= the Letter of Authority to Sell (ATS) from the NNPC. The Letter of Authority to Sell, also called a Letter of Allocation, which should usually come from the NNPC’s Crude Oil Marketing Department, is basically the official document which shows the buyer that the seller actually has the authority from the official government agency for the crude product that he’s selling. (Must usually be in a paper format and on NNPC company letterhead; must contain the date of issue and expiration date, and be signed. Scanned copies of document are alright. All documents must be certified, valid, authentic and verifiable.)
= If, for example, the seller claims that the cargo has been cleared, then he should usually be able to provide the CPA (Charter Party Agreement), the ATL (Authority To Load), and Q88 vessel details.
ALRIGHT, BUT HOW DO YOU ASSURE THAT THESE DOCUMENTS ARE AUTHENTIC?
OK, so let’s say you’ve assembled the proper Proof of Product and the other essential documents such as those that are outlined above. There’s one key, in deed critical, question that still remains for you – how do you assure that these documents you’ve gotten from the seller are even any good? That they are real, valid, AUTHENTIC and GENUINE to warrant your taking the Seller’s offer seriously?
This question is, perhaps, often the most critical for a buyer because, as a rule, most fraudsters and con artists who operate in the Nigerian crude oil industry, are simply masterful forgers and copiers of every bit of the legitimate industry documents that are used in selling and buying operations by refineries and government agencies, and who are highly skilled at the craft. Consequently, buyers are strictly wary never, ever to accept outright at face value or be ever fooled by, any document submitted by sellers or claims made by them, however seemingly convincing or real-looking!. And what it all means, is that one crucial facility that a crude oil buyer and his aides must quickly develop and have, are some good, fool-proof, tools or skills by which they can INDEPENDENTLY VERIFY the authenticity of at least the key, most significant pieces of documents from among the tons of documents that sellers and their agents will often present them in the course of hawking their products. And, above all, that they must have the skills and the knowledge and business sophistication to be able to detect which ones among such documents are genuine and legitimate, and which ones might be plain bogus.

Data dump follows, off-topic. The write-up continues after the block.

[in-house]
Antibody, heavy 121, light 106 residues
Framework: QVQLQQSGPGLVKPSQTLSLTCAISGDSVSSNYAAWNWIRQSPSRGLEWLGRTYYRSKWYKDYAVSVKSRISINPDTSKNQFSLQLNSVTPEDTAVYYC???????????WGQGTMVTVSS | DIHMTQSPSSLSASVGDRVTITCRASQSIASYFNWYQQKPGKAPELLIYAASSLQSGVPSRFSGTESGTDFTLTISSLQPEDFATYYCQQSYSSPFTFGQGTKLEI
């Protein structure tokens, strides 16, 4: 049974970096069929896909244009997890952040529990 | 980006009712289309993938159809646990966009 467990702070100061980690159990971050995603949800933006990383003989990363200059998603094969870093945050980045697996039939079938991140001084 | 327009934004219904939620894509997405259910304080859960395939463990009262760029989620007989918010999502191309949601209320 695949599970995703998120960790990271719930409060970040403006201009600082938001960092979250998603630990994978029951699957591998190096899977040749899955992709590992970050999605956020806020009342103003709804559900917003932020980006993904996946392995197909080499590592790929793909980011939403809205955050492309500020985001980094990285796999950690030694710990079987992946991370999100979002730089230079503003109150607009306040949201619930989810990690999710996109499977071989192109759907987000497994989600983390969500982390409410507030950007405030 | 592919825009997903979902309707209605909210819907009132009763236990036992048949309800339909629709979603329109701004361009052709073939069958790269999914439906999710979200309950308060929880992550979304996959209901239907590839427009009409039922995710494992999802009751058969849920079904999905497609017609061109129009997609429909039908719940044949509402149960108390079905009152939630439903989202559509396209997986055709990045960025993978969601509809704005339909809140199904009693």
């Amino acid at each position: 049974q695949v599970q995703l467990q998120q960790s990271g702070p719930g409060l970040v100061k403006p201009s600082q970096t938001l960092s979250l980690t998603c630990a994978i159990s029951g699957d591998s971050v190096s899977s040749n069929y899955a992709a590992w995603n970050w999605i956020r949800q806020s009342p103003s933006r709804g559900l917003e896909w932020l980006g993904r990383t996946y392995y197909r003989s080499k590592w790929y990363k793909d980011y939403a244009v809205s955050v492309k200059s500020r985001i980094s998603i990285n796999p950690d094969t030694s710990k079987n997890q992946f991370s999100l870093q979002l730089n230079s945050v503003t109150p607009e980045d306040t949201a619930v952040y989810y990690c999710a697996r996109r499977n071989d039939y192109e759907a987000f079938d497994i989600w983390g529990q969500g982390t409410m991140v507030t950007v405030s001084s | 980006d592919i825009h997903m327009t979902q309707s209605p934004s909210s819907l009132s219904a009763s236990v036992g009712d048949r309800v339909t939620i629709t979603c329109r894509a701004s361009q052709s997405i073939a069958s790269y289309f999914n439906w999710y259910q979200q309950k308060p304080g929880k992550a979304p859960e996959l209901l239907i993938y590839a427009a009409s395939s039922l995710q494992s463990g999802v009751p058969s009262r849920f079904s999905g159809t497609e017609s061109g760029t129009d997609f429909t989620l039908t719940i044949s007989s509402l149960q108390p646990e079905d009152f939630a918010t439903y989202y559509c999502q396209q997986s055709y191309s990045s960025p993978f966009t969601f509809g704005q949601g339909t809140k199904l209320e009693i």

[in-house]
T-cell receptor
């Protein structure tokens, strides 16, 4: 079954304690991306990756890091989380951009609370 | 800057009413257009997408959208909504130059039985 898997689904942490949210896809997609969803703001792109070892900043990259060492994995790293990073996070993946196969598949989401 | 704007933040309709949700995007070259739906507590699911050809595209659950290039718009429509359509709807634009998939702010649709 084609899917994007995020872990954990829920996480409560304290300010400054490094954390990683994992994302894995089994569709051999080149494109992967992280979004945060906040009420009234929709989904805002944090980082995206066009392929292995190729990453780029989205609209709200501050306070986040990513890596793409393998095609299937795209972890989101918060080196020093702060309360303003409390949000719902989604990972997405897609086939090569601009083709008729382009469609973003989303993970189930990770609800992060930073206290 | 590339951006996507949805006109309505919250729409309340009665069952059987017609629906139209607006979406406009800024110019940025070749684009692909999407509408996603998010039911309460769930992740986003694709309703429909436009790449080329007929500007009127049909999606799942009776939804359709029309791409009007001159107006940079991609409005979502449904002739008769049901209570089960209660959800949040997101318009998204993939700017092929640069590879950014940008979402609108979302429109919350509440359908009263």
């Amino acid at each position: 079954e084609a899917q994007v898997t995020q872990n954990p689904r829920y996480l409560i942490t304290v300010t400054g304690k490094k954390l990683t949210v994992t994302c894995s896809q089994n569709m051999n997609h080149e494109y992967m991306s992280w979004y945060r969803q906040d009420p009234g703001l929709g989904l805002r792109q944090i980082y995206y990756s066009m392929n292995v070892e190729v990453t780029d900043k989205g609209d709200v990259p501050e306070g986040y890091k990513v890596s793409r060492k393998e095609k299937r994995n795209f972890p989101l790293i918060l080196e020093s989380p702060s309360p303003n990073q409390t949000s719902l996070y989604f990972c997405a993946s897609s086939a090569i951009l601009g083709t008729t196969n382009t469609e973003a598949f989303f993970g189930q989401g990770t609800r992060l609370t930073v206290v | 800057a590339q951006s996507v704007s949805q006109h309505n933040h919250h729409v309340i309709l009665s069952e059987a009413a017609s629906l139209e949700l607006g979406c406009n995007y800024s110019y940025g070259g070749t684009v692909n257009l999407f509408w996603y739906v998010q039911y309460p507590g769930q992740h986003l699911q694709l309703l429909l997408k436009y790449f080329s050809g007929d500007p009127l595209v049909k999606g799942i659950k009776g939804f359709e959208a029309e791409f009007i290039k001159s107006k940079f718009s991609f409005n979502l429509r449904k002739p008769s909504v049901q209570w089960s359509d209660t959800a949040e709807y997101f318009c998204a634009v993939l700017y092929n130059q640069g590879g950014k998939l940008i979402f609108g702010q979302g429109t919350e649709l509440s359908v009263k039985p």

To be sure, making such verification and confirmation may often be problematic for a buyer. However, it is not really that difficult a task, at least for the schooled and experienced eyes. You only need to know what and what to look for, the right questions to ask, and how to counter check and cross check facts and information. And, in any case, whenever in serious doubt about the authenticity of a document, you should always take the path of caution – ask for more proof, or even reject the offer, depending on the particular facts at issue in an offer.